These are among the findings in a pair of new studies published last week in the current, quarterly issue of AERA Open, a journal of the American Educational Research Association.

In one study, titled “Recent Trends in Income, Racial and Ethnic School Readiness Gaps at Kindergarten Entry,” the authors noted that, over the past 20 years, the academic achievement gap for cohorts of children born in the mid-1970s and mid-1990s had grown by about 40 percent.

For their study, researchers compared and contrasted the reading, writing and math skills of about 17,000 students who entered kindergarten in 2010 with those of about 20,000 counterparts from 1998. To examine the income gap, the researchers focused on students from families in the 10th and 90th percentile of this country’s income distribution.  READ MORE.


The public is invited to come out and celebrate the heritage and the tradition of Hilton Head Island, SC


Hilton Head, SCThe Gullah Museum of Hilton Head presents its 1st Annual Gullah Food Festival on Saturday, October 22, 2016 at 12 Georgianna Drive Hilton Head Island, SC. The event, which is free to attend, will be a full day of music and family entertainment for everyone to come out and enjoy – rain or shine. Food vendors and bouncy houses will be on-site, and a special celebrity guest TBA will be in attendance.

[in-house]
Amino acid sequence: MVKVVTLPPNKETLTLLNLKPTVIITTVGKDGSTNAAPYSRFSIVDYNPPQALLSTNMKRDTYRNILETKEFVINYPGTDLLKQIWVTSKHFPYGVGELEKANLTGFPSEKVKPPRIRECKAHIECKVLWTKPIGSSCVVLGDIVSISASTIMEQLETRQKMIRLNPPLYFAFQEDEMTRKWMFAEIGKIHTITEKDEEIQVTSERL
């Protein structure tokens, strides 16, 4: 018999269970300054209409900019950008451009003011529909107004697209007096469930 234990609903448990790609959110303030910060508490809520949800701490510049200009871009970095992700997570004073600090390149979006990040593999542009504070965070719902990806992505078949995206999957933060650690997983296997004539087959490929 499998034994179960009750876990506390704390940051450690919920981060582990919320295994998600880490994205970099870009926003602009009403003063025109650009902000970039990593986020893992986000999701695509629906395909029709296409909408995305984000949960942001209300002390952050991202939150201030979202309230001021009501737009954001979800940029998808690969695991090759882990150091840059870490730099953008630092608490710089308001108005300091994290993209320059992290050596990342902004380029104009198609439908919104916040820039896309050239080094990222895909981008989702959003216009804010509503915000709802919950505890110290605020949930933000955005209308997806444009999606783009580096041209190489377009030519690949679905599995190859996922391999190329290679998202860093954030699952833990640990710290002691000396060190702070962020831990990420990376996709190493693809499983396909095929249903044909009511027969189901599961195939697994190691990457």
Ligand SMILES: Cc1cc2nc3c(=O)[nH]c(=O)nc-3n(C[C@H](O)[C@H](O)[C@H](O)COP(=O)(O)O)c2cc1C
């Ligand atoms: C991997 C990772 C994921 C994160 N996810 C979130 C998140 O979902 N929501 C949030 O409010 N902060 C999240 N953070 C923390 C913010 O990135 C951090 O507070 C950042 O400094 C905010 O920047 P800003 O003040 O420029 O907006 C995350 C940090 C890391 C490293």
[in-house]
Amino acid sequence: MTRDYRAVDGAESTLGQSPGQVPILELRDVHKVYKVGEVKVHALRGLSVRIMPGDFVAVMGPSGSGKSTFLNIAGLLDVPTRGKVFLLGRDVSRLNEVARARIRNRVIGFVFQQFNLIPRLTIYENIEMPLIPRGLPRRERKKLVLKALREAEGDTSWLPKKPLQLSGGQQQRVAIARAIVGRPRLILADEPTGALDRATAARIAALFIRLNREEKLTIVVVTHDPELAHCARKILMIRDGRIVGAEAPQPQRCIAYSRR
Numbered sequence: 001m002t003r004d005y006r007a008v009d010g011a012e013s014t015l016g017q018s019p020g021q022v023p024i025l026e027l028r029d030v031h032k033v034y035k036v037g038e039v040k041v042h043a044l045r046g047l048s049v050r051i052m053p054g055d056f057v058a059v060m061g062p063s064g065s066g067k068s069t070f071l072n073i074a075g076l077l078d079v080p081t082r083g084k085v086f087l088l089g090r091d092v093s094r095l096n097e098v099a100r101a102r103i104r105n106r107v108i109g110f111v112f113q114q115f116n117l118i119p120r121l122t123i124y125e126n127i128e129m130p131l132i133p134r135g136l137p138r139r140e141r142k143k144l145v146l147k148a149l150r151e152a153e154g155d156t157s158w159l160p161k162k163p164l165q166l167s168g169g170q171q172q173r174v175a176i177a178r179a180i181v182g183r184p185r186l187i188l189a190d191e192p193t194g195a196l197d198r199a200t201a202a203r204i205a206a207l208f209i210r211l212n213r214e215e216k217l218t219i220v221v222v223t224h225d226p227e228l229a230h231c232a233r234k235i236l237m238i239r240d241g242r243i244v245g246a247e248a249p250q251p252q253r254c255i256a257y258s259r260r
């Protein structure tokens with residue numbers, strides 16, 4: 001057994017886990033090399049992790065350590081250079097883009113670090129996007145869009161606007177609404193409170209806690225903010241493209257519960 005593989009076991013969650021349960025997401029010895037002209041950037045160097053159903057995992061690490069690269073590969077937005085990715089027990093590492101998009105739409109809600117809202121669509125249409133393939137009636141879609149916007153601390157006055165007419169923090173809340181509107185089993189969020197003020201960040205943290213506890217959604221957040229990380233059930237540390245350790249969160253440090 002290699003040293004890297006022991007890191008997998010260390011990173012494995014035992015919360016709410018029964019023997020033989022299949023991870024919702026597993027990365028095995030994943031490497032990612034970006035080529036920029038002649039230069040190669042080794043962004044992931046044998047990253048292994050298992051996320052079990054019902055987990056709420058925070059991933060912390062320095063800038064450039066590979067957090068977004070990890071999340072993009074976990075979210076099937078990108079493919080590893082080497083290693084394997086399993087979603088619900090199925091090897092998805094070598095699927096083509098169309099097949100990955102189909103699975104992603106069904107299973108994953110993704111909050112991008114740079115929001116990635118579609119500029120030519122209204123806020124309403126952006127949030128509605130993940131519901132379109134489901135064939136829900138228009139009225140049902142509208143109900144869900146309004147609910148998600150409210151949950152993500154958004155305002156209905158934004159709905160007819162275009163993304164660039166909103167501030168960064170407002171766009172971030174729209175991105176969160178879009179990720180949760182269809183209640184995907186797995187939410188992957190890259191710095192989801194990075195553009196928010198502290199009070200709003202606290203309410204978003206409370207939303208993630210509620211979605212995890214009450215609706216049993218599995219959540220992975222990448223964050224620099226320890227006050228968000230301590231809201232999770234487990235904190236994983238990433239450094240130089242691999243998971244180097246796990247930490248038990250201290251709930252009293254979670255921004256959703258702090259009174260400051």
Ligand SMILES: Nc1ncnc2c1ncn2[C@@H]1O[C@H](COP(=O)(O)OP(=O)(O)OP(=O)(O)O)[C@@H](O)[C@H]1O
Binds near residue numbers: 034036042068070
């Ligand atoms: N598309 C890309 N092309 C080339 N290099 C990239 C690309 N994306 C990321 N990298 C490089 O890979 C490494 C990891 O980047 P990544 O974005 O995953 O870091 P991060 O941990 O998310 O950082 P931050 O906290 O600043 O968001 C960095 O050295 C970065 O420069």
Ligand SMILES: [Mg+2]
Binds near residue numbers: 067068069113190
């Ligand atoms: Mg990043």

Louise Cohen, founder of the Gullah Museum. Photo Courtesy:

Come as vendors serve up their best pot and recipes of Shrimp and Grits, Seafood Gumbo, Devil Crabs and Stew Chicken, and more. All are invited to come out and celebrate the heritage and the tradition of the Island. It will be a full day of music and family entertainment for everyone to come out and enjoy rain or shine.

The Committee is happy to confirm that Casual Cal, who hosted the Multi-Cultural Circus in Bluffton, SC back in 2010 and 2011, will be cutting their radio spot advertisement for this event.

Since 2003, the Gullah Museum of Hilton Head, a 501(c)3 organization has been committee to maintaining the Gullah customs, traditions, language, stories, songs. Through the generous support of individuals and institutions the Gullah Museum of Hilton Head has successfully preserved its first structure The Little House.

Louise Miller Cohens great-grandfather, William Simmons, who was born in Beaufort, was a slave who herded cattle on the Barnwell Plantation. Later as a freed slave, he enlisted in Company B, 21st U.S. Colored Troops and served in the Civil War. At various times during his service, he was based on Morris Island and Fort Walker on Hilton Head Island. The land on which The Little House now stands. William Simmons died in 1922 and his daughter Celia sold the land to a member of her family.

The Gullah Museum has The Little House which is on Georgianna Drive was built-in 1930 for Mr. Simmons’s grandson, Mr. William Duey Simmons whom Mr. Simmons had raised. Mr. Simmons granddaughter Georgianna, who was Dueys sister, brought the land from one of her cousins Georgianna raised Louis and when Georgianna died. Louise inherited the land and the house. Through the generosity of Louise Miller Cohen, this land is now the site of the Gullah Museum of Hilton Head Island.

The Gullah Museum of Hilton Head Island’s mission is to revive, restore and preserve the Hilton Head Island Gullah History for the benefit of all.